Sunday night, our church performed a Gospel Concert to raise money for our missions fund. I sang a solo of "His Eye is on the Sparrow" and it was quite a success! I've missed singing in a choir so much and the entire evening was perfect. I feel so blessed to have found such a great church with caring and supportive friends. It certainly helps being so far away from home sweet home.
The weather in Germany has turned quite cold and the highs have been in the mid-40s lately. It is entirely different than those Texas Octobers I'm used to, but at least the sun comes out occasionally, like today that is completely perfect.
Have a wonderful Tuesday, friends and family. I miss you!

Thursday, October 4, 2007

The Catlins and Cloughs

Greetings ye few, yet faithful. The past few weeks have been a whirlwind of events and during this hectic time we have failed to update our blog. We will try to be much better about this, and I feel that as we are now almost 5 months in to living in Europe, our schedules have become somewhat more routine, and therefore hopefully we can be a bit more organized about sharing our many experiences.

In an effort to be certain all events are covered, the most recent events will be shared before the big sha-bang of the two-week visit from my favorite mother and father in the world, Charmen and Larry.

After my parents left on Sunday (the 30th) morning, I packed my bags for my first business trip on behalf of Baylor, serving as a representative at a recruitment fair (or "College Night," as they are usually referred to). This was not my first recruitment fair, but it was the first time for me to attend a fair solely on my own. The event was in Brussels on Monday night, and I felt oh-so-professional taking the train to Brussels, staying in my business-like hotel and then heading to the venue later that evening to set-up for the fair. It was the perfect event to serve as my first fair, as it was a smaller crowd and mostly Americans (ex-pats and military families). I absolutely loved every minute of talking to the parents and high school students and sharing about my alma matter and can't wait to do it again and again. After the fair, I attended a reception, held for the presenters, and met several other people from all over the States and Europe and it amazed me how many people are in the growing field of international student recruitment in higher education.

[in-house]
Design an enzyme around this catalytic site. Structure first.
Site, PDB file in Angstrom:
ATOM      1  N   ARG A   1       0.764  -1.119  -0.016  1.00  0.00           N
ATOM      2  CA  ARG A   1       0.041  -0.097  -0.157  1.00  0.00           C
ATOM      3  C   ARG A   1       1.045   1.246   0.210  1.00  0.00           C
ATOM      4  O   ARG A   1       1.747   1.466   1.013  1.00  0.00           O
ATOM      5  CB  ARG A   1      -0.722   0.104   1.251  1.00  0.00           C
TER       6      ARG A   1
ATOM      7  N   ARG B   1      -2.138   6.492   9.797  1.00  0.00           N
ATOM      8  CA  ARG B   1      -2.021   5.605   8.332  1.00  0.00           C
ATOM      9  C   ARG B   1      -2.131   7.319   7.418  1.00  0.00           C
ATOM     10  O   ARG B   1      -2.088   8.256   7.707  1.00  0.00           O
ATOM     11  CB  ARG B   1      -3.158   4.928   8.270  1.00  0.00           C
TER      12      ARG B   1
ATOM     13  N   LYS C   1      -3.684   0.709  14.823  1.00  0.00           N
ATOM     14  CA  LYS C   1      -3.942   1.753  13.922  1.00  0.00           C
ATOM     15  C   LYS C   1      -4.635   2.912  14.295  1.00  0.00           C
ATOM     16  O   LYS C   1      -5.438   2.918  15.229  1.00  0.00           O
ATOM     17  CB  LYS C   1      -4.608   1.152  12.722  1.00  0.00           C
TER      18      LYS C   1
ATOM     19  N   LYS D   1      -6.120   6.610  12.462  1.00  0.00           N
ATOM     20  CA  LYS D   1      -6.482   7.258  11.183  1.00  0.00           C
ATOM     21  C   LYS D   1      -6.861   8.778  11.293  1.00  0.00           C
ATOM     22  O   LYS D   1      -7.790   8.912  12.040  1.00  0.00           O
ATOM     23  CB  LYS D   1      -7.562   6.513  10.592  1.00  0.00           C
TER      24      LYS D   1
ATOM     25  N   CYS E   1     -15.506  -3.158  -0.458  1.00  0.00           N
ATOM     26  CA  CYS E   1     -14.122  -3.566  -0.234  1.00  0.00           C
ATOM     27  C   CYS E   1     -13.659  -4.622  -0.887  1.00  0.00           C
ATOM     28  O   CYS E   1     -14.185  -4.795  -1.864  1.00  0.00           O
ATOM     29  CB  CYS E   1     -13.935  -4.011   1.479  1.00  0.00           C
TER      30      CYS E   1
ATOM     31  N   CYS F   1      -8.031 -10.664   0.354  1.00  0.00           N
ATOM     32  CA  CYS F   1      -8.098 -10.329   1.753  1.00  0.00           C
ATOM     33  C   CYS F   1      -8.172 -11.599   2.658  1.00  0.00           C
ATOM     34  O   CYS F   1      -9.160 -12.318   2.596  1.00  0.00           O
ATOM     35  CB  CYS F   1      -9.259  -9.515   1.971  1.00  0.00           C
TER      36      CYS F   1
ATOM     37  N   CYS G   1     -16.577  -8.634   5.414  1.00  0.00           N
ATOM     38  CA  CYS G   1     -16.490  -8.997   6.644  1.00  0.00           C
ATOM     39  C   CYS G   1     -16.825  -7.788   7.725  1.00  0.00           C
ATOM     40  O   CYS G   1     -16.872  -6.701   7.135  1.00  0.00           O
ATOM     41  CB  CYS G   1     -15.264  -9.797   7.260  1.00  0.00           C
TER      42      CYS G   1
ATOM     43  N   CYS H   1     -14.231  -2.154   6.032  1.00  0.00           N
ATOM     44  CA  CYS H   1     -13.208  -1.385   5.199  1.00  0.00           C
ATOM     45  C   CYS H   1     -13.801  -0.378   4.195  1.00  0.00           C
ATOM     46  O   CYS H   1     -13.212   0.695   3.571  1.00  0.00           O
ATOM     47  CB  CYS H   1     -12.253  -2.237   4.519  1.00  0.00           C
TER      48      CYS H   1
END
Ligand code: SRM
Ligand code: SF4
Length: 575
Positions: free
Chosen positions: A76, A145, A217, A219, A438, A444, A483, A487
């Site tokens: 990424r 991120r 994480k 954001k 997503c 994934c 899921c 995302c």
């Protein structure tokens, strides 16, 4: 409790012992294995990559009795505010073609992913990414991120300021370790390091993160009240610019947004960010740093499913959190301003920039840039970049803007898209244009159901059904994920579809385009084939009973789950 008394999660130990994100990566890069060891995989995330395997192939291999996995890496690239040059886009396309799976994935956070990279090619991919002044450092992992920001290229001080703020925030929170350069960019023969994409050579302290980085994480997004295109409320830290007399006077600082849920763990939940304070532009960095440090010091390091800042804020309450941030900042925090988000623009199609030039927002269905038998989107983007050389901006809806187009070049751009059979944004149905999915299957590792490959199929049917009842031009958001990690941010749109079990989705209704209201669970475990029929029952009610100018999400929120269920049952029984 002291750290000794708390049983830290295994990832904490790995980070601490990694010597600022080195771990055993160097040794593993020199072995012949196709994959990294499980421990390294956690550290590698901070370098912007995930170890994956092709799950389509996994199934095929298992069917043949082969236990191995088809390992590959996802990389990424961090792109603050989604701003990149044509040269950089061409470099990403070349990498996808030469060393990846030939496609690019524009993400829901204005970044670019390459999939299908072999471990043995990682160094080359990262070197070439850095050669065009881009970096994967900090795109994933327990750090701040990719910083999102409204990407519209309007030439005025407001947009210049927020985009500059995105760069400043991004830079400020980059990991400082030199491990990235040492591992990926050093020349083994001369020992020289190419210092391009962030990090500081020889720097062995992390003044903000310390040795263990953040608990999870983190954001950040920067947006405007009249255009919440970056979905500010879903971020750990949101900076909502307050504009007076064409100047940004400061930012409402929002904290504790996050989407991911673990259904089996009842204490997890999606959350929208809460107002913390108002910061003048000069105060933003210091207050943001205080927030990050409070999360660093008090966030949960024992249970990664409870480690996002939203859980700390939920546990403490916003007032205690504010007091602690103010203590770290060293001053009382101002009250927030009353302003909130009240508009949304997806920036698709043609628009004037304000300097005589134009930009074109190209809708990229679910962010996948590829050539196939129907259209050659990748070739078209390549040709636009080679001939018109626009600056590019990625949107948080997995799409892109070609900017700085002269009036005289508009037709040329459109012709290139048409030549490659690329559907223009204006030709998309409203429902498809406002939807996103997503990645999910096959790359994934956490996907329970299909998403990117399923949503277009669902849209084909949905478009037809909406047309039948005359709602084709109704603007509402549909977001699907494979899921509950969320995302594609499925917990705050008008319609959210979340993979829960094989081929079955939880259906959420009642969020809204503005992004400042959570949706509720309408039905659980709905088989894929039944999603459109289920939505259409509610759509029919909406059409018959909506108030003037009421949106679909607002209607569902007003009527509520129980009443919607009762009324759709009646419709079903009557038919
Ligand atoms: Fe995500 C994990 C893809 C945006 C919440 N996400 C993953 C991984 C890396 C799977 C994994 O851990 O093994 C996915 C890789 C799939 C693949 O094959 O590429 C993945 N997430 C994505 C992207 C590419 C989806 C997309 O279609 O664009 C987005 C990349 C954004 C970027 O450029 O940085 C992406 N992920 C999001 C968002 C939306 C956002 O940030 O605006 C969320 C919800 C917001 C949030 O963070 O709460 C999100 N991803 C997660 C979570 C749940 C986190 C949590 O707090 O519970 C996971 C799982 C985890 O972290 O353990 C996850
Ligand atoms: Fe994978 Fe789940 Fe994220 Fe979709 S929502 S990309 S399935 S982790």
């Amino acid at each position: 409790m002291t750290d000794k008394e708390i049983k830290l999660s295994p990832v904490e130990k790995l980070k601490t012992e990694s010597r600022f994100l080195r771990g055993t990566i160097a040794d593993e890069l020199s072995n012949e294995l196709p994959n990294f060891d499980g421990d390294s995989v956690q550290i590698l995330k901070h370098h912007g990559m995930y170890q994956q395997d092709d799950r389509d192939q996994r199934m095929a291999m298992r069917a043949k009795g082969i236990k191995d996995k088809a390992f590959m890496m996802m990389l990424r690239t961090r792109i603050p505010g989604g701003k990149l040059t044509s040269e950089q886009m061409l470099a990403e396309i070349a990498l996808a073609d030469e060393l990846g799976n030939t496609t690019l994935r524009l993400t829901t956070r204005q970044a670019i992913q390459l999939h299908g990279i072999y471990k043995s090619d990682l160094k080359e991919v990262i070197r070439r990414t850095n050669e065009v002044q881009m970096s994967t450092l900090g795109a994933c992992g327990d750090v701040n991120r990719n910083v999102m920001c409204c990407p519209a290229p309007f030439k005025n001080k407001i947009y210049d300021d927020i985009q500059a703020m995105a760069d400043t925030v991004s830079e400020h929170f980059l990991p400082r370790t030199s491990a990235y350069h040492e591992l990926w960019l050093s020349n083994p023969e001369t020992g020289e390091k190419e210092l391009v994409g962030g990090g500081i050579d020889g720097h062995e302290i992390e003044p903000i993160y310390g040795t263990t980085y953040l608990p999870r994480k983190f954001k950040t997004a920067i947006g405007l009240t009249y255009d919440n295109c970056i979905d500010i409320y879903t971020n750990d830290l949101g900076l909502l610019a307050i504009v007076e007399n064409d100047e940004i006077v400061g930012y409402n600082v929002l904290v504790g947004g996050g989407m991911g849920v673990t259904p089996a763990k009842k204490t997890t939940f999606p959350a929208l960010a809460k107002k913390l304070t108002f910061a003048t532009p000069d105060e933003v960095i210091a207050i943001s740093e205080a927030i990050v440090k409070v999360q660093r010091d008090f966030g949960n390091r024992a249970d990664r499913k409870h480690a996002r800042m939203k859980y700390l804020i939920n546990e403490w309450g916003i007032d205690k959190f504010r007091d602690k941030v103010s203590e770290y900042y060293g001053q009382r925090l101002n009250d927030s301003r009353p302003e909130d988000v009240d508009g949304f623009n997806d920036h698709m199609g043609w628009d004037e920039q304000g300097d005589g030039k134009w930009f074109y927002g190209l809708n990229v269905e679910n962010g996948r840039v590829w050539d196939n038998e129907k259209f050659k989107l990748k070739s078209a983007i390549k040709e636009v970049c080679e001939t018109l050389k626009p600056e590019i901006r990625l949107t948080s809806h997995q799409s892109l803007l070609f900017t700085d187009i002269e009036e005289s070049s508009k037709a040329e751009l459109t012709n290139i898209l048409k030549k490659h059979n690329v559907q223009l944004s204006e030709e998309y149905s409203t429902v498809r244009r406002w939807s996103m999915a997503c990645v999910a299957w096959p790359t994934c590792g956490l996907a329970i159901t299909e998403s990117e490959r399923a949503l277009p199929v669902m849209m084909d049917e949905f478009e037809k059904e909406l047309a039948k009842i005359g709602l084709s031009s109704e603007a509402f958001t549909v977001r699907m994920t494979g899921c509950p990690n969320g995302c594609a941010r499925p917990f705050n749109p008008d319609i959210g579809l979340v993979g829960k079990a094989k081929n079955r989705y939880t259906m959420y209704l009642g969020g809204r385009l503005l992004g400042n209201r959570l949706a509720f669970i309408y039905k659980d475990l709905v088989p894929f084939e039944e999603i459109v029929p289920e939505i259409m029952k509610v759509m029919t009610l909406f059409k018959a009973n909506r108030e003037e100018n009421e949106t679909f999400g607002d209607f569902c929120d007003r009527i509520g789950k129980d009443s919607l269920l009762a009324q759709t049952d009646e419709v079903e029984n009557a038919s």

The next day, I spent the overcast and dreary morning walking all around Brussels and was able to see the Grand Place, Mannekin Pis, Avenue Louise and much more. Although I was so grateful to travel somewhere completely new, one thing was for sure, traveling and sight-seeing by yourself isn't nearly as fun. I was glad to return home to Wiesbaden on Tuesday night and have a week to rest and recuperate before the next set of fairs (3) during the week of October 15th. It's great to feel truly professional again!

Now back to the fabulous two-week visit from the Catlins. After our back-to-back trips to Sweden and Ireland, we returned home again for one day to tidy up the apartment and welcome the fabulous Charm to our home on Saturday, September 15th.

Wednesday, September 19, 2007

A Texas Reunion in Sweden

Over the weekend of September 8th, I fulfilled a lifetime dream of visiting Sweden, and a two-year dream of visiting some fantastic Swedes! At Baylor, I had the opportunity to work with some amazing foreign exchange students, but it was no secret that the Swedes were always some of my favorites. Beginning in the spring semester of 2005, I had the opportunity to welcome and befriend 6 students who studied at Baylor during my term as the Exchange Program Advisor. Each student became a true friend, and I vowed to myself that I would visit Sweden one day to have an outstanding reunion. And what a reunion it was!

I arrived in Stockholm on Thursday evening and was met by Maria, who I hadn't seen in almost two years. It was so exciting to see her again and she was so gracious to let me stay in her apartment for the weekend. When I saw her, it was as if no time had passed whatsoever, and I remembered how much I had missed over the two years and how special her friendship is to me. After meeting up with her boyfriend Jakob (who studied at TAMU for a semester) for dinner, we then headed to a Jonkoping International Business School (the university all the Swedes attended) alumni gathering that was held that evening.